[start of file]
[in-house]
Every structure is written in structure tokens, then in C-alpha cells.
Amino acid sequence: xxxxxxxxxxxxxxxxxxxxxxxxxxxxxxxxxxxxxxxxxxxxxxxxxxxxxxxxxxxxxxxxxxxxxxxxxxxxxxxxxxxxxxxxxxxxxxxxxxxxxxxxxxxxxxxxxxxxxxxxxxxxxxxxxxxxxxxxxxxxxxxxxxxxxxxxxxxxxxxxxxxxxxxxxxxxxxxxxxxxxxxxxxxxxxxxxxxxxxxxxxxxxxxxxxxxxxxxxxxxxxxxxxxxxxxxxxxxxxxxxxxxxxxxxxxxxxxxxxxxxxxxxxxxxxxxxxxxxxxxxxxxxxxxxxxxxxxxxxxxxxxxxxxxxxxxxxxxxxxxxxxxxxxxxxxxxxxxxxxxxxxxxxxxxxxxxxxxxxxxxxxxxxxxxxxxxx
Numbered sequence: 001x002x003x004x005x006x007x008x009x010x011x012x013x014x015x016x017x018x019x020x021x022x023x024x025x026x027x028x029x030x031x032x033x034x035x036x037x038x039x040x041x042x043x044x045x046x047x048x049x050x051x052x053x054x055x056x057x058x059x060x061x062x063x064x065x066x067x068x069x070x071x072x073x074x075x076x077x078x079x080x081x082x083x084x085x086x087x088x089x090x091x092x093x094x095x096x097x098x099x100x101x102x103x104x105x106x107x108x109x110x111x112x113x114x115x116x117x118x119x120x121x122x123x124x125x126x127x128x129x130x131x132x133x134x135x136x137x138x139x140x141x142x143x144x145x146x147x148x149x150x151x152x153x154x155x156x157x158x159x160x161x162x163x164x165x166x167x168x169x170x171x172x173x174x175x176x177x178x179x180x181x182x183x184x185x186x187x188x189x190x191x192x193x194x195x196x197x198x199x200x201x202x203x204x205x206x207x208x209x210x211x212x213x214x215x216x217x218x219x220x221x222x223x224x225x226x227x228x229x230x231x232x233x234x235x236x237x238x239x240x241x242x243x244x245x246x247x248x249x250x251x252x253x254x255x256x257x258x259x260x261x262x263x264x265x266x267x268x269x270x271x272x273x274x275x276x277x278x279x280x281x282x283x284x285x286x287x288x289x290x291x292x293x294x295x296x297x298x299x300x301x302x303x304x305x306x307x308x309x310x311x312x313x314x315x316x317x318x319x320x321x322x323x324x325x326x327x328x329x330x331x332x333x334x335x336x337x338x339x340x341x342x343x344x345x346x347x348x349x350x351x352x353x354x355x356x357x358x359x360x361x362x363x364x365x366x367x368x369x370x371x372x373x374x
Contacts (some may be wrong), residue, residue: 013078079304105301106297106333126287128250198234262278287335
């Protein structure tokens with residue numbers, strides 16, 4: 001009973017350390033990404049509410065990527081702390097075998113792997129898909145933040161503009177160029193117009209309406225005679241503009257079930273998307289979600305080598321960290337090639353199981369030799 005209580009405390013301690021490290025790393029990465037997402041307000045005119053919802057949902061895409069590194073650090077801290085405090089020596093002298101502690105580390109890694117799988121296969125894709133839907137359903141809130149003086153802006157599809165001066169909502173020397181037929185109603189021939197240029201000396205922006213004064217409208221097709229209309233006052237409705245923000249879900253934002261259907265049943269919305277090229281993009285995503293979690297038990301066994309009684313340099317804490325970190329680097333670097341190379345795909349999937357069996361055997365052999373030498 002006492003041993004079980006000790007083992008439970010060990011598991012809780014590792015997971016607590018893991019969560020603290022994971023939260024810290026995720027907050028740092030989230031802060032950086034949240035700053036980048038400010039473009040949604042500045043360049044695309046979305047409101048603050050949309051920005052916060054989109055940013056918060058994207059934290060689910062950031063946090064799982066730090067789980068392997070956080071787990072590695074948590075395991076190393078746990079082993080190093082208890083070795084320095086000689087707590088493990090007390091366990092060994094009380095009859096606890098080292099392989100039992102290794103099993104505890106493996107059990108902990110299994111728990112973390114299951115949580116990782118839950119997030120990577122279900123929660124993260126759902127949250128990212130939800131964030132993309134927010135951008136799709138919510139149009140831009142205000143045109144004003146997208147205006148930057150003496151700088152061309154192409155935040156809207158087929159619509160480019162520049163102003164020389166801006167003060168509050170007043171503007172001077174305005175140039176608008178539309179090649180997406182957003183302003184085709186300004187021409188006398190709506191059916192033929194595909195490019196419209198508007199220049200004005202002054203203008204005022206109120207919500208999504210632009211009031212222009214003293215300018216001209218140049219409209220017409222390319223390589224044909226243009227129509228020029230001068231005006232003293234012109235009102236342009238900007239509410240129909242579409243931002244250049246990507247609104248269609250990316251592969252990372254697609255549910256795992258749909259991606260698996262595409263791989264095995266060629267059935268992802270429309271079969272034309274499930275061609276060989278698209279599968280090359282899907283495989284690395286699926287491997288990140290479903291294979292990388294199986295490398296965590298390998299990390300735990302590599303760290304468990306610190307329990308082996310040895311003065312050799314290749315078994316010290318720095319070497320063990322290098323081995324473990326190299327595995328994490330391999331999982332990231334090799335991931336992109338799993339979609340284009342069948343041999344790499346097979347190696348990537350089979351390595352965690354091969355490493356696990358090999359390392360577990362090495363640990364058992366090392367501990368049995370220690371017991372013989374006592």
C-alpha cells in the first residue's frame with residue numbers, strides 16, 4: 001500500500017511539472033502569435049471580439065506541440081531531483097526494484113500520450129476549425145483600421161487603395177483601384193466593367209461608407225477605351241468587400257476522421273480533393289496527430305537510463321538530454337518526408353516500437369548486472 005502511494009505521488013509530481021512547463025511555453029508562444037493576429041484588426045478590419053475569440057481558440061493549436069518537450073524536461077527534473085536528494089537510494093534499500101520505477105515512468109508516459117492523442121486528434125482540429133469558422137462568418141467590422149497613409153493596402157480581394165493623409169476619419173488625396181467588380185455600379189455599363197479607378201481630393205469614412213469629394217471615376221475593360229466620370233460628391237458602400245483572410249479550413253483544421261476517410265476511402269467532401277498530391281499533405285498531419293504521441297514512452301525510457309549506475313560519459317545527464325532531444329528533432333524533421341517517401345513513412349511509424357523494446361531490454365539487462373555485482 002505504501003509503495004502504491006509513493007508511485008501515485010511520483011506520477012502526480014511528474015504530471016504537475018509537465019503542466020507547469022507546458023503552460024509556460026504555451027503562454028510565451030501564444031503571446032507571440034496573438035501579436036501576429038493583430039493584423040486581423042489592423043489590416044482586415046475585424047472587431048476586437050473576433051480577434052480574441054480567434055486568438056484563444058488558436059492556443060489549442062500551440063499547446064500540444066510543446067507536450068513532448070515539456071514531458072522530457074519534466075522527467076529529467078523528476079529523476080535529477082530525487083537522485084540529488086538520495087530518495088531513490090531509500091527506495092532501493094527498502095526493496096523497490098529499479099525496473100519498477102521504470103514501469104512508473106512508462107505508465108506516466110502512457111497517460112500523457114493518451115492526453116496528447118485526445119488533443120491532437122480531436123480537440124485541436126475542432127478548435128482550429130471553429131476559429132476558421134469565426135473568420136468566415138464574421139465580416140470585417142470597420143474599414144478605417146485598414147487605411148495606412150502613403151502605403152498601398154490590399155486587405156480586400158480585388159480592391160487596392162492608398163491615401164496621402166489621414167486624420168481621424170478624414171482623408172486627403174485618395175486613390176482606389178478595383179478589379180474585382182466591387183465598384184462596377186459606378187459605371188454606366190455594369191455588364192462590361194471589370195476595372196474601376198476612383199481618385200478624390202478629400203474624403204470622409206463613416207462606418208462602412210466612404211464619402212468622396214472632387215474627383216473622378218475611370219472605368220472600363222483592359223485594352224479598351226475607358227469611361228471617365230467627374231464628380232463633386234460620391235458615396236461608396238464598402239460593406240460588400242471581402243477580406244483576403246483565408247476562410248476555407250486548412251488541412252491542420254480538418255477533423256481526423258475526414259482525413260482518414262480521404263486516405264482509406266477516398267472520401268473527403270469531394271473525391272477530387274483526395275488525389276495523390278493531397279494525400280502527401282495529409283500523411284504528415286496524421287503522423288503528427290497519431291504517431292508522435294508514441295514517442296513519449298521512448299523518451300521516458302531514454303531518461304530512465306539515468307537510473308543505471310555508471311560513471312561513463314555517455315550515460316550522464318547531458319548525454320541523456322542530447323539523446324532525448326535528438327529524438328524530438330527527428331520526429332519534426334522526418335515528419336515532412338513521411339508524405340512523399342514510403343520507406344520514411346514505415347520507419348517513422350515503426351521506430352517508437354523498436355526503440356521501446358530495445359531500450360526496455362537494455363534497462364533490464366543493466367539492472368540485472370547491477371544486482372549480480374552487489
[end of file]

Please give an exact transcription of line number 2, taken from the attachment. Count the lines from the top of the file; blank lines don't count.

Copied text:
Every structure is written in structure tokens, then in C-alpha cells.